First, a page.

Long-Term Nicotine Exposure Depresses Dopamine Release in Nonhuman Primate Nucleus Accumbens
ABSTRACT Tobacco use is a leading cause of preventable deaths worldwide. However, current smoking cessation therapies have very limited long-term success rates. Considerable research effort is therefore focused on identification of central nervous system changes with nicotine exposure because this may lead to more successful treatment options. Although recent work suggests that α6β2* nicotinic acetylcholine receptors (nAChRs) play a dominant role in dopaminergic function in rodent nucleus accumbens, the effects of long-term nicotine exposure remain to be determined. Here, we used cyclic voltammetry to investigate α6β2* nAChR-mediated release with long-term nicotine treatment in nonhuman primate nucleus accumbens shell. Control studies showed that nAChR-mediated dopamine release occurs predominantly through the α6β2* receptor subtype. Unexpectedly, there was a complete loss of α6β2* nAChR-mediated activity after several months of nicotine treatment. This decline in function was observed with both single- and multiple-pulse-stimulated dopamine release. Paired-pulse studies showed that the facilitation of dopamine release with multiple pulsing observed in controls in the presence of nAChR antagonist was lost with long-term nicotine treatment. Nicotine-evoked [(3)H]dopamine release from nucleus accumbens synaptosomes was similar in nicotine- and vehicle-treated monkeys, indicating that long-term nicotine administration does not directly modify α6β2* nAChR-mediated dopamine release. Dopamine uptake rates, as well as dopamine transporter and α6β2* nAChRs levels, were also not changed with nicotine administration. These data indicate that nicotine exposure, as occurs with smoking, has major effects on cellular mechanisms linked to α6β2* nAChR-mediated dopamine release and that this receptor subtype may represent a novel therapeutic target for smoking cessation.
SourceAvailable from: Xiomara Perez[Show abstract] [Hide abstract]
ABSTRACT: An important factor contributing to the high relapse rates among smokers is nicotine withdrawal symptoms. Multiple studies suggest that decreased dopamine release in nucleus accumbens plays a key role in withdrawal. However, recent reports showed that long-term nicotine exposure itself also decreases accumbal dopamine release, suggesting that additional mechanisms are involved in withdrawal. Here, we used real-time cyclic voltammetry in brain slices containing the nucleus accumbens to further elucidate the changes in dopamine release linked to nicotine withdrawal. Rats received vehicle or nicotine via the drinking water for 2–3 months. Studies assessing the expression of somatic signs in vehicle-treated, nicotine-treated, and 24-h nicotine withdrawn rats showed that nicotine withdrawal led to a significant increase in somatic signs. Subsequent voltammetry studies showed that long-term nicotine decreased single-pulse-stimulated dopamine release via an interaction at α6β2* receptors. Nicotine withdrawal led to a partial recovery in α6β2* receptor-mediated release. In addition, long-term nicotine treatment alone increased dopamine release paired-pulse ratios and this was partially reversed with nicotine removal. We then evaluated the effect of bath-applied nicotine and varenicline on dopamine release. Nicotine and varenicline both decreased single-pulse-stimulated release in vehicle-treated, nicotine-treated, and nicotine withdrawn rats. However, bath-applied varenicline increased paired-pulse ratios to a greater extent than nicotine during long-term nicotine treatment and after its withdrawal. Altogether these data suggest that nicotine withdrawal is associated with a partial restoration of dopamine release measures to control levels and that varenicline's differential modulation of dopamine release may contribute to its mechanism of action.02/2015; 3(1). DOI:10.1002/prp2.105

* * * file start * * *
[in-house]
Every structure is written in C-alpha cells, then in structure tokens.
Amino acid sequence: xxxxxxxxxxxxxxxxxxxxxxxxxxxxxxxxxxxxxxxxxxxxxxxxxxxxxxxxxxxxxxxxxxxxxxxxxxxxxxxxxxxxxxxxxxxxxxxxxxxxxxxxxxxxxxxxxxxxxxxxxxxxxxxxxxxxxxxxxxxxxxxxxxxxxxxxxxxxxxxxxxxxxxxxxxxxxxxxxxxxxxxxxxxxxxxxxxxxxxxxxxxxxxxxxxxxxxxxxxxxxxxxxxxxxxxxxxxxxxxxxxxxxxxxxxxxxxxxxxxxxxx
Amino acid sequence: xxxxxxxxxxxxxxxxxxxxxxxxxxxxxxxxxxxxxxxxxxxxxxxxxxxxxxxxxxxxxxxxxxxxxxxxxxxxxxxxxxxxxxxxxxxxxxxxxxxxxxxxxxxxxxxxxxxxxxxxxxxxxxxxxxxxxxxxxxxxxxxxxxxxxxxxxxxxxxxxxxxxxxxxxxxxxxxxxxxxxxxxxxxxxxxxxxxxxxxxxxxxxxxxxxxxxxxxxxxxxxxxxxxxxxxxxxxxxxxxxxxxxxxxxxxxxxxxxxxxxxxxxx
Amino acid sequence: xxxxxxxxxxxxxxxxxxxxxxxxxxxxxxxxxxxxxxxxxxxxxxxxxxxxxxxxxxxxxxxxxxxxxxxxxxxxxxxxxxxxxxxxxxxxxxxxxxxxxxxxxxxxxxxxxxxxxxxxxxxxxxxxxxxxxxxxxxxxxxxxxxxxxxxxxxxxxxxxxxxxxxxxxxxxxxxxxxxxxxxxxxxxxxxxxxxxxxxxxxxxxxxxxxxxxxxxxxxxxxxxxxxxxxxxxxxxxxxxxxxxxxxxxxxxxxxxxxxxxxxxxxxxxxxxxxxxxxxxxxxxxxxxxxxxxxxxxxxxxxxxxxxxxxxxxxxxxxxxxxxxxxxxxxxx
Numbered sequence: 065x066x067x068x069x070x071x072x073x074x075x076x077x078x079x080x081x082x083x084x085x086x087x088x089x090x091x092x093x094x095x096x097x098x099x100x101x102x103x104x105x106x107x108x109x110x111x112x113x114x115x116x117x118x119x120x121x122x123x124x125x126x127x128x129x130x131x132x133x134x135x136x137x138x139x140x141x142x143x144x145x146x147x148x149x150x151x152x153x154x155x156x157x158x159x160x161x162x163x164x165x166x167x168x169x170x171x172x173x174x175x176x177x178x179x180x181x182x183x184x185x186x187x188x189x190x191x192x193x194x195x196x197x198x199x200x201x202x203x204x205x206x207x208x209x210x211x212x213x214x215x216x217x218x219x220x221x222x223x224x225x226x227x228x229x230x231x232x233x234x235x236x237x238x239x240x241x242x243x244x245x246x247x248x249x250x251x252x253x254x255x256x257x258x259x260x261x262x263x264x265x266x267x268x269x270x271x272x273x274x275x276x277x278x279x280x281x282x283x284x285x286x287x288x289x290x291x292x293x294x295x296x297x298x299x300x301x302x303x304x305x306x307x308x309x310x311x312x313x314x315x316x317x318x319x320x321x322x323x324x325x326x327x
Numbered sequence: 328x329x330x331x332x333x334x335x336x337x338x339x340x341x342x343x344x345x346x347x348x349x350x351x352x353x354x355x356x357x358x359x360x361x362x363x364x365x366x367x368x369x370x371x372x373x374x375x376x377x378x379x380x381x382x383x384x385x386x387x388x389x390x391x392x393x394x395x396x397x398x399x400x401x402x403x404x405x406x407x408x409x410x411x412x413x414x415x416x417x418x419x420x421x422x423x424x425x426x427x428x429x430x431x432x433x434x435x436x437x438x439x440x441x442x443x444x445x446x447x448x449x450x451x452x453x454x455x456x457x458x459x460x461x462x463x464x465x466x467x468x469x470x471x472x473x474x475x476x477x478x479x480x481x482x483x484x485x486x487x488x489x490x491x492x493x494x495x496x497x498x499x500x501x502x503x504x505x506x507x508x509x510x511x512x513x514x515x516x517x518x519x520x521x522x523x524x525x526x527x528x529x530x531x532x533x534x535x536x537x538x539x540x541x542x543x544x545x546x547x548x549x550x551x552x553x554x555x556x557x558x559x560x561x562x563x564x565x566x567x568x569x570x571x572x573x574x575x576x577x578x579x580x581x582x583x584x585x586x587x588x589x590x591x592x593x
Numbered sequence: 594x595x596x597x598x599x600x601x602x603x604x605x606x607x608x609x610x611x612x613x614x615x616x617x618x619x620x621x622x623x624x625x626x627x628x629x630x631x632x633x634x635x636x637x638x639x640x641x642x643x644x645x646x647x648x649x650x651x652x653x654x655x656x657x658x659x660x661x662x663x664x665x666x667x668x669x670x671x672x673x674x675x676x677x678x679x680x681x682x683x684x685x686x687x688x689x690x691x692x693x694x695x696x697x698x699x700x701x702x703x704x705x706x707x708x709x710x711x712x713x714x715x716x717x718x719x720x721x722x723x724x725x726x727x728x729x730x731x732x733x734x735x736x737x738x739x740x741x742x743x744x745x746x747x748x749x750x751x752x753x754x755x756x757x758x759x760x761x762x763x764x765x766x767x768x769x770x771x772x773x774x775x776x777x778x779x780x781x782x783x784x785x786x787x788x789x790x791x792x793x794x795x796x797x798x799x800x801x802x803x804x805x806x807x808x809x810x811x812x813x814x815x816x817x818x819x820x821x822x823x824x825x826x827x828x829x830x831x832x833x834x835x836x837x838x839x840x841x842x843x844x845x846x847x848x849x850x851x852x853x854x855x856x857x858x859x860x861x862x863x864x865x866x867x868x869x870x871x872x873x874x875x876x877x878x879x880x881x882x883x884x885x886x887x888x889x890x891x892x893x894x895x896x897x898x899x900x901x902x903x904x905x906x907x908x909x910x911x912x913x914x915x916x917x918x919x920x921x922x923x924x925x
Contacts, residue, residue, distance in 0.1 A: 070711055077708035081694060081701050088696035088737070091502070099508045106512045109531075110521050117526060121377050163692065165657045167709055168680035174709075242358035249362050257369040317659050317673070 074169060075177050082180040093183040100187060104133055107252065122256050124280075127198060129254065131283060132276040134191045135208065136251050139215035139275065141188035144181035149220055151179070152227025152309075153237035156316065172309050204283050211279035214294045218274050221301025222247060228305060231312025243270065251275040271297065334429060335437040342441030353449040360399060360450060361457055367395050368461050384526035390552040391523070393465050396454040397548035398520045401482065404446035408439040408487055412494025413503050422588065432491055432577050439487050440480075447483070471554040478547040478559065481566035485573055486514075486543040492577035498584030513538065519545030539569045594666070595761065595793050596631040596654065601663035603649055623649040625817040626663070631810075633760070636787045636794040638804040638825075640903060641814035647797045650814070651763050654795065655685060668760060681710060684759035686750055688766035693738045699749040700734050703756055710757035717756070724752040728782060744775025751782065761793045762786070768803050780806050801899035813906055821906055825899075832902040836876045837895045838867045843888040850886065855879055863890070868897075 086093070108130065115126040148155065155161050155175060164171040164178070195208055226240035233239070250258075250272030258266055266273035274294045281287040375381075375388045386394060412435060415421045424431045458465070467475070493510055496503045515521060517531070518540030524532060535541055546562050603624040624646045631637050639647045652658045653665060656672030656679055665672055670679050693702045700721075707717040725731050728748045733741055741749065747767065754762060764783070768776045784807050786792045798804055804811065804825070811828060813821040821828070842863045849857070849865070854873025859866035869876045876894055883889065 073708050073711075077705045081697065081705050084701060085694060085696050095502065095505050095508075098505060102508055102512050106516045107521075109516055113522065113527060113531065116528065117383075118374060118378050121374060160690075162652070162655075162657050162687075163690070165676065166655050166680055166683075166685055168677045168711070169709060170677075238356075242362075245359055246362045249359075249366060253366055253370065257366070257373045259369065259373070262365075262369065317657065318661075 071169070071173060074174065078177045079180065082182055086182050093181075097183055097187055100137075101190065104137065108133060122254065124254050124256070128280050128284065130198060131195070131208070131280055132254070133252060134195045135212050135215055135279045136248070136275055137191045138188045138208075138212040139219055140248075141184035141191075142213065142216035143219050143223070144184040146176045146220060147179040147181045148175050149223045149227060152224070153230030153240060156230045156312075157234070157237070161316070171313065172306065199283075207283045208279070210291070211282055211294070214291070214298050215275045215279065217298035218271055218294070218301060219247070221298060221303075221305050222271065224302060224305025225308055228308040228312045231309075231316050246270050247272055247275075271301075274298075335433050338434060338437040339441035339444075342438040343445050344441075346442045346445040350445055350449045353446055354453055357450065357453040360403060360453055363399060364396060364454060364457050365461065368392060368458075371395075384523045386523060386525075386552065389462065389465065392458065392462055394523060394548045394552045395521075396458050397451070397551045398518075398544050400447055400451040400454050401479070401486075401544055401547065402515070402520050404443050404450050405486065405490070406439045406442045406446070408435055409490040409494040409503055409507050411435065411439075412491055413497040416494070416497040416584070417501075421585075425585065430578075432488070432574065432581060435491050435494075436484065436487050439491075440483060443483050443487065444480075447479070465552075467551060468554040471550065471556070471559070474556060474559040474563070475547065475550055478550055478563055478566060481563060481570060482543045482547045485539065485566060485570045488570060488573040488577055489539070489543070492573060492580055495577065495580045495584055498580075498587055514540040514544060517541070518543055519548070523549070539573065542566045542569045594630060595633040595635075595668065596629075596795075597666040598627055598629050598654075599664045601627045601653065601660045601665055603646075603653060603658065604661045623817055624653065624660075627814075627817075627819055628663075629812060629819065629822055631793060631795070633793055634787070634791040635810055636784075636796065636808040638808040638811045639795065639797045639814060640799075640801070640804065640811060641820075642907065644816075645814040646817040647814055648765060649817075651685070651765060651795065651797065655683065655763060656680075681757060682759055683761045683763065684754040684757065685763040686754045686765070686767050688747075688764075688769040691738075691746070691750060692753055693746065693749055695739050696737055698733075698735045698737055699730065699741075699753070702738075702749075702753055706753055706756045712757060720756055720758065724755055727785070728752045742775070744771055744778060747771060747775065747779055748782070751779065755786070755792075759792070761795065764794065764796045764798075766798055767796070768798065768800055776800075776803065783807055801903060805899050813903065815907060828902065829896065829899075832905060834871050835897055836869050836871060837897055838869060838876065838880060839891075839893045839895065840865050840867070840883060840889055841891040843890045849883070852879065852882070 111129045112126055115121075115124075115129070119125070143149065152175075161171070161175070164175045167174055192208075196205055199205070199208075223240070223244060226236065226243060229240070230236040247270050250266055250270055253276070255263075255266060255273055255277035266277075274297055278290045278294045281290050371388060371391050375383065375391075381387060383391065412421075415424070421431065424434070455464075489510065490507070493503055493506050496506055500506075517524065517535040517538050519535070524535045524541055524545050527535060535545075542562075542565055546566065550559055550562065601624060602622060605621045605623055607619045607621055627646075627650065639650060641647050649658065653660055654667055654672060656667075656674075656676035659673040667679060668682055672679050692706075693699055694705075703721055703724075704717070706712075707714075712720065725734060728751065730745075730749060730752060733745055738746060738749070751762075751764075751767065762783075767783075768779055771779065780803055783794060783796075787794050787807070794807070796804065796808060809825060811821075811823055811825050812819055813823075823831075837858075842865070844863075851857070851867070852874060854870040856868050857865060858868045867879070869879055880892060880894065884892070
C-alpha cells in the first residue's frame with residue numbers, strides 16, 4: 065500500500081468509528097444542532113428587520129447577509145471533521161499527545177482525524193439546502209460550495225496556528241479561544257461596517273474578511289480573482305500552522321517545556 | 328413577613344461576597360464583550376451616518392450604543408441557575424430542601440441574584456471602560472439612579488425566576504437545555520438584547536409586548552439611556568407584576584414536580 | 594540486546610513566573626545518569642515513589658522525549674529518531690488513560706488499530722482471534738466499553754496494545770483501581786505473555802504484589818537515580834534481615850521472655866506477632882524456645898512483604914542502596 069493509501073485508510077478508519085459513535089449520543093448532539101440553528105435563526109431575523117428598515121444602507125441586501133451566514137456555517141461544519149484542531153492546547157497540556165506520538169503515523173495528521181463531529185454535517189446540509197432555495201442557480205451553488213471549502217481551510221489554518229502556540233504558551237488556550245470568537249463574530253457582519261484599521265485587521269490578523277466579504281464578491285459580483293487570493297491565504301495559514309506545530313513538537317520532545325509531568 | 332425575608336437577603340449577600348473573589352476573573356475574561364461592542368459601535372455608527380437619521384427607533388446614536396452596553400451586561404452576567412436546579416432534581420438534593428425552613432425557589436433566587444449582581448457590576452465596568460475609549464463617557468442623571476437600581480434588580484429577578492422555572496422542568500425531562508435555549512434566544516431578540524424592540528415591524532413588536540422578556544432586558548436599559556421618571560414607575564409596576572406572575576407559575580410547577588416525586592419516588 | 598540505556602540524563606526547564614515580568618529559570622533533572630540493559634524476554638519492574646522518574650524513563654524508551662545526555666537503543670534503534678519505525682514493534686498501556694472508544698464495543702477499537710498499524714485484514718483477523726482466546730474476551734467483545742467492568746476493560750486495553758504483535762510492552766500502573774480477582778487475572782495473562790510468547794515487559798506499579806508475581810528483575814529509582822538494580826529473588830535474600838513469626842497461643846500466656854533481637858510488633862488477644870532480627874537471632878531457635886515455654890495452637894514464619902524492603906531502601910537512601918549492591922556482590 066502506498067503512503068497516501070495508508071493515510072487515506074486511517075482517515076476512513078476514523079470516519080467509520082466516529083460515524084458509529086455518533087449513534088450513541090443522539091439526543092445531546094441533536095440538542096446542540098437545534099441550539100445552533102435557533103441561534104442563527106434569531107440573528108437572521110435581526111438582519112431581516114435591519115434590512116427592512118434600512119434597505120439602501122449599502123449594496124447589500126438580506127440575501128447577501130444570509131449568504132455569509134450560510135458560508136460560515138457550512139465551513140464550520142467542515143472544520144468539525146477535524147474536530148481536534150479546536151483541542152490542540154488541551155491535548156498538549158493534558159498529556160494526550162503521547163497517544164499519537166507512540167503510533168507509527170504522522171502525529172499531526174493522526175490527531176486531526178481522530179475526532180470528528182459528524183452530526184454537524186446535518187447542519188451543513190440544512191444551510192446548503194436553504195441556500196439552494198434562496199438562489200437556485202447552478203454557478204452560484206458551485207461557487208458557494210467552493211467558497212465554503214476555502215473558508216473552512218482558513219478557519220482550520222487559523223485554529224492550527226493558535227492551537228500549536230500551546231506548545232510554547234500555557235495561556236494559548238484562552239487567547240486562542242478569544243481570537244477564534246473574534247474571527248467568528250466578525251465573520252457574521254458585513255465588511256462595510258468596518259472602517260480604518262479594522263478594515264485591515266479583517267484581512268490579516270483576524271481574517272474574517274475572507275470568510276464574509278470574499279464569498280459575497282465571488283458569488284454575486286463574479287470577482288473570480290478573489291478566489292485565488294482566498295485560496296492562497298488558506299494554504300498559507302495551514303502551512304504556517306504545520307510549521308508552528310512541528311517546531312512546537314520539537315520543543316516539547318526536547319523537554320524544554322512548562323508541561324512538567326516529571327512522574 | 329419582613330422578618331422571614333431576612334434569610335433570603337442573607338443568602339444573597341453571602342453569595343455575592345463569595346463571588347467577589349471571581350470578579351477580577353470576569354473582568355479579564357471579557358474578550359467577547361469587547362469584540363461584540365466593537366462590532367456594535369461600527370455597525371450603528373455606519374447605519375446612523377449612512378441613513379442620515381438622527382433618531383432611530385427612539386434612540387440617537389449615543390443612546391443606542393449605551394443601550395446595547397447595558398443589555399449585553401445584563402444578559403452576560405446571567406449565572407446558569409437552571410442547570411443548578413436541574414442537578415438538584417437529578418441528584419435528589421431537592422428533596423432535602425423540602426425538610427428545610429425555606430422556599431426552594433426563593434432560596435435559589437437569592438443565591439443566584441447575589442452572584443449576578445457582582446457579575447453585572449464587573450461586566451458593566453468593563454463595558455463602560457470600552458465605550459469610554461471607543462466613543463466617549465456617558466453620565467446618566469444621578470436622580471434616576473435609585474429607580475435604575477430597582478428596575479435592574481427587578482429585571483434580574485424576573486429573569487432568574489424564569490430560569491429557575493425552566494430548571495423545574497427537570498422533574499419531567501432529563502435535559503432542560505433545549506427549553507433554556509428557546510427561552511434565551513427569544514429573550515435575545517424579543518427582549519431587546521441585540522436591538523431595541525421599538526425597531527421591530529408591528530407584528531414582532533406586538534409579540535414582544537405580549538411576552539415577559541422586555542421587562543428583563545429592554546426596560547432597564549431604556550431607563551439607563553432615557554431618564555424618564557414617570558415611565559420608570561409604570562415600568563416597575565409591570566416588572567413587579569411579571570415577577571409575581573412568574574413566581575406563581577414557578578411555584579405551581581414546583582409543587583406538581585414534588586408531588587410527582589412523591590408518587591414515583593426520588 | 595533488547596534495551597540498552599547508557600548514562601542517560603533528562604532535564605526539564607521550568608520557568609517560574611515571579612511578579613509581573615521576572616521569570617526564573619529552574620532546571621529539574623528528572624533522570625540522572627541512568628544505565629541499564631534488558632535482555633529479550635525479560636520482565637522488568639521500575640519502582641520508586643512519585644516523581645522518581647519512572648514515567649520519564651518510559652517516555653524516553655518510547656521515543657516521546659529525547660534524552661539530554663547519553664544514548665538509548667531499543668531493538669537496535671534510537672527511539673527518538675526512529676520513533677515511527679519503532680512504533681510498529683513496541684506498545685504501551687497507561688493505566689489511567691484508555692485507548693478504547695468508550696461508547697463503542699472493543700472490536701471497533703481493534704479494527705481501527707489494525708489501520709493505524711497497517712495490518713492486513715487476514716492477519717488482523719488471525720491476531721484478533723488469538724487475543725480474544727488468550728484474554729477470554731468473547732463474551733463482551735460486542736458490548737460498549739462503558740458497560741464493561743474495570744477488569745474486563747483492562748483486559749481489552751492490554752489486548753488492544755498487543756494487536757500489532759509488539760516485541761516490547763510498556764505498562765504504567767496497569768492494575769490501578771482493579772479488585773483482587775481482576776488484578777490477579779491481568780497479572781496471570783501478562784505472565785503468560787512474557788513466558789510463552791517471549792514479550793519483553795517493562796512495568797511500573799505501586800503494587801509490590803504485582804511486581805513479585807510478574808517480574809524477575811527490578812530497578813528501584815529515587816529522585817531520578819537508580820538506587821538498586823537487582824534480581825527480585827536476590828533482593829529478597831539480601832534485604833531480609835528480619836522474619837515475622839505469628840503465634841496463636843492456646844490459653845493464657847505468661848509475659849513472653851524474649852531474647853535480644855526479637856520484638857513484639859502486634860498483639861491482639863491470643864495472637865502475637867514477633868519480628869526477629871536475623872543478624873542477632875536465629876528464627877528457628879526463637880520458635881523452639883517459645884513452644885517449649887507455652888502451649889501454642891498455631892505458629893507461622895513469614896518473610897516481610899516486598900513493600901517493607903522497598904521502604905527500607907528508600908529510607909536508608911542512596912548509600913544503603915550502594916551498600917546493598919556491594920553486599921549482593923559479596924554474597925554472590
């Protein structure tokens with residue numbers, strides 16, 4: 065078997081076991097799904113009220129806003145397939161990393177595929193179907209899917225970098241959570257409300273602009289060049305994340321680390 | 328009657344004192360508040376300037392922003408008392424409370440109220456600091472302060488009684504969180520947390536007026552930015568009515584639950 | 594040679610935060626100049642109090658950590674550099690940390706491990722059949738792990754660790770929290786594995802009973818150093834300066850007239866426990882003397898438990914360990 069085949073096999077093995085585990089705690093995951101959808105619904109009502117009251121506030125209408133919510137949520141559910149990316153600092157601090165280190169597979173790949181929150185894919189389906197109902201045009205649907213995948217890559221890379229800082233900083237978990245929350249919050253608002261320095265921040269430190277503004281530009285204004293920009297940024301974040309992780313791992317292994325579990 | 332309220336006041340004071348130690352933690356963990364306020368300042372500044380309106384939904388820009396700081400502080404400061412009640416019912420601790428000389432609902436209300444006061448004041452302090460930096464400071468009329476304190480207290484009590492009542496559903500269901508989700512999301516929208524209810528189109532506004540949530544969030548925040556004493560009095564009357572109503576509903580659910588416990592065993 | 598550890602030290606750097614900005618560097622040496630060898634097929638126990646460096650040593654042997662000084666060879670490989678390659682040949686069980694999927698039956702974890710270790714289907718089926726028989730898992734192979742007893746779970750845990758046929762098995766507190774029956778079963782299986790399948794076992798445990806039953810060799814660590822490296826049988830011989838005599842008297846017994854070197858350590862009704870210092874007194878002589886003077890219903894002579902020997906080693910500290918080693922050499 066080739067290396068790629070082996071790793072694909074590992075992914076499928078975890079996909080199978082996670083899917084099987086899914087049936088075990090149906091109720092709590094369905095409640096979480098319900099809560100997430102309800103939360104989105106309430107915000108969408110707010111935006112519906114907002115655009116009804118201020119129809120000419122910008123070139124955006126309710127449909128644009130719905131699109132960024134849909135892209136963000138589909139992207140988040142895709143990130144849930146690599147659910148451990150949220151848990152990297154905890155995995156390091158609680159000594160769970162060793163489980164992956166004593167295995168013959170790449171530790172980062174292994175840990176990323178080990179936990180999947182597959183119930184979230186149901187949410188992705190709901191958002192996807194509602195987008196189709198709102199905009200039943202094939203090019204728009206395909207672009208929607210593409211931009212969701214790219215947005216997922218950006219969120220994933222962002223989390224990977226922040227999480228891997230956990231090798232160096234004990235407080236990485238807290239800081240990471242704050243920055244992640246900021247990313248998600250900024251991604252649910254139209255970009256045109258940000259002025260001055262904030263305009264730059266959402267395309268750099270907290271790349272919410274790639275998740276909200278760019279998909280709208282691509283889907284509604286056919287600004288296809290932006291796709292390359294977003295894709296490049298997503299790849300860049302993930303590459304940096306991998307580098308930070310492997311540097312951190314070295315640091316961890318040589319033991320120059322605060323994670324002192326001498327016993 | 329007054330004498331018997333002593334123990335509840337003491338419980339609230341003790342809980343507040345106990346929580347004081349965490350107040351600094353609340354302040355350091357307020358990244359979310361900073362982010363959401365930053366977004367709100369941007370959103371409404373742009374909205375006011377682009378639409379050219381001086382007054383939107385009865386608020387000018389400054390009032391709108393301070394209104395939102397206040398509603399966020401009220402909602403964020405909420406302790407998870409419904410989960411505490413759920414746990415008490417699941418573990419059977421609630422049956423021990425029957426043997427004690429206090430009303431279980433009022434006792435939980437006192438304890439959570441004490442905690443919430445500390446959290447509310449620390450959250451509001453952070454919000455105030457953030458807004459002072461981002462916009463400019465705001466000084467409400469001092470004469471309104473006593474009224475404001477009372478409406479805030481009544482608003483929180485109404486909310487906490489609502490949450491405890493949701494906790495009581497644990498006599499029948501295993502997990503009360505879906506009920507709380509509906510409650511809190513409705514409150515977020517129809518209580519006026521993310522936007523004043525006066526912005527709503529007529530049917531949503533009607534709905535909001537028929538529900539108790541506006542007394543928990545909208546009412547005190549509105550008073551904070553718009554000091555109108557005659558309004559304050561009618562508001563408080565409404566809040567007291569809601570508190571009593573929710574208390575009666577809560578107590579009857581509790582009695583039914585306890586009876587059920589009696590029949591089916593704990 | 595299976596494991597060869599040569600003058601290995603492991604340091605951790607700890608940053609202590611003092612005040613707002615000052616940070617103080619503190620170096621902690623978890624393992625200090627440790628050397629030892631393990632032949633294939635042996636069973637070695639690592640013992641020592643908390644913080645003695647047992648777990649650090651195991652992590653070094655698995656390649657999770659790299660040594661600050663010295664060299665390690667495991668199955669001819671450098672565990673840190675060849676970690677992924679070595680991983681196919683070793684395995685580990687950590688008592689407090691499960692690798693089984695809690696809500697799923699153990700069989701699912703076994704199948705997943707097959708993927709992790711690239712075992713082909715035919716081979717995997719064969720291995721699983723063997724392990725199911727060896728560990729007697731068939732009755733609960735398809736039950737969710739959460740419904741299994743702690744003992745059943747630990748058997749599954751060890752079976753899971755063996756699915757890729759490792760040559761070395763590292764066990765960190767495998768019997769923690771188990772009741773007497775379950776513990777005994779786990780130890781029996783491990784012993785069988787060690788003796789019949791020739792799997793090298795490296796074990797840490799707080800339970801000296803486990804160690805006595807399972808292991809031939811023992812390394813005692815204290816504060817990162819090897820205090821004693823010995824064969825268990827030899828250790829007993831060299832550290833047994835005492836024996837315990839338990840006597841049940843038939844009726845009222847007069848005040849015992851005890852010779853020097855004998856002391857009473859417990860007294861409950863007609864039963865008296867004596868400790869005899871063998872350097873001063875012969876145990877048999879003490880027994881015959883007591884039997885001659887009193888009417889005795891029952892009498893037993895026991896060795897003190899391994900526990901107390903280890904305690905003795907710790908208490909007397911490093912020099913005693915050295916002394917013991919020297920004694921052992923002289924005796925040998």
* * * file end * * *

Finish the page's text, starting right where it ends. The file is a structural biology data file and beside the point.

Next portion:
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ABSTRACT: Parkinson's disease (PD) is a progressive neurodegenerative disorder, which is characterized by neuroinflammation, dopaminergic neuronal cell death and motor dysfunction, and for which there are no proven effective treatments. The negative correlation between tobacco consumption and PD suggests that tobacco-derived compounds can be beneficial against PD. Nicotine, the more studied alkaloid derived from tobacco, is considered to be responsible for the beneficial behavioral and neurological effects of tobacco use in PD. However, several metabolites of nicotine, such as cotinine, also increase in the brain after nicotine administration. The effect of nicotine and some of its derivatives on dopaminergic neurons viability, neuroinflammation, and motor and memory functions, have been investigated using cellular and rodent models of PD. Current evidence shows that nicotine, and some of its derivatives diminish oxidative stress and neuroinflammation in the brain and improve synaptic plasticity and neuronal survival of dopaminergic neurons. In vivo these effects resulted in improvements in mood, motor skills and memory in subjects suffering from PD pathology. In this review, we discuss the potential benefits of nicotine and its derivatives for treating PD.Frontiers in Aging Neuroscience 12/2014; 6(340). DOI:10.3389/fnagi.2014.00340 · 2.84 Impact Factor
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ABSTRACT: The mesocorticolimbic system plays a central role in nicotine dependence and withdrawal.•It consists of multiple functionally distinct pathways that mediate distinct aspects of nicotine reinforcement and aversion.•The acute and chronic effects of nicotine are mainly mediated by nicotinic, dopaminergic, and glutamatergic transmission in mesocorticolimbic circuits.Progress in Neurobiology 11/2014; DOI:10.1016/j.pneurobio.2014.10.002 · 10.30 Impact Factor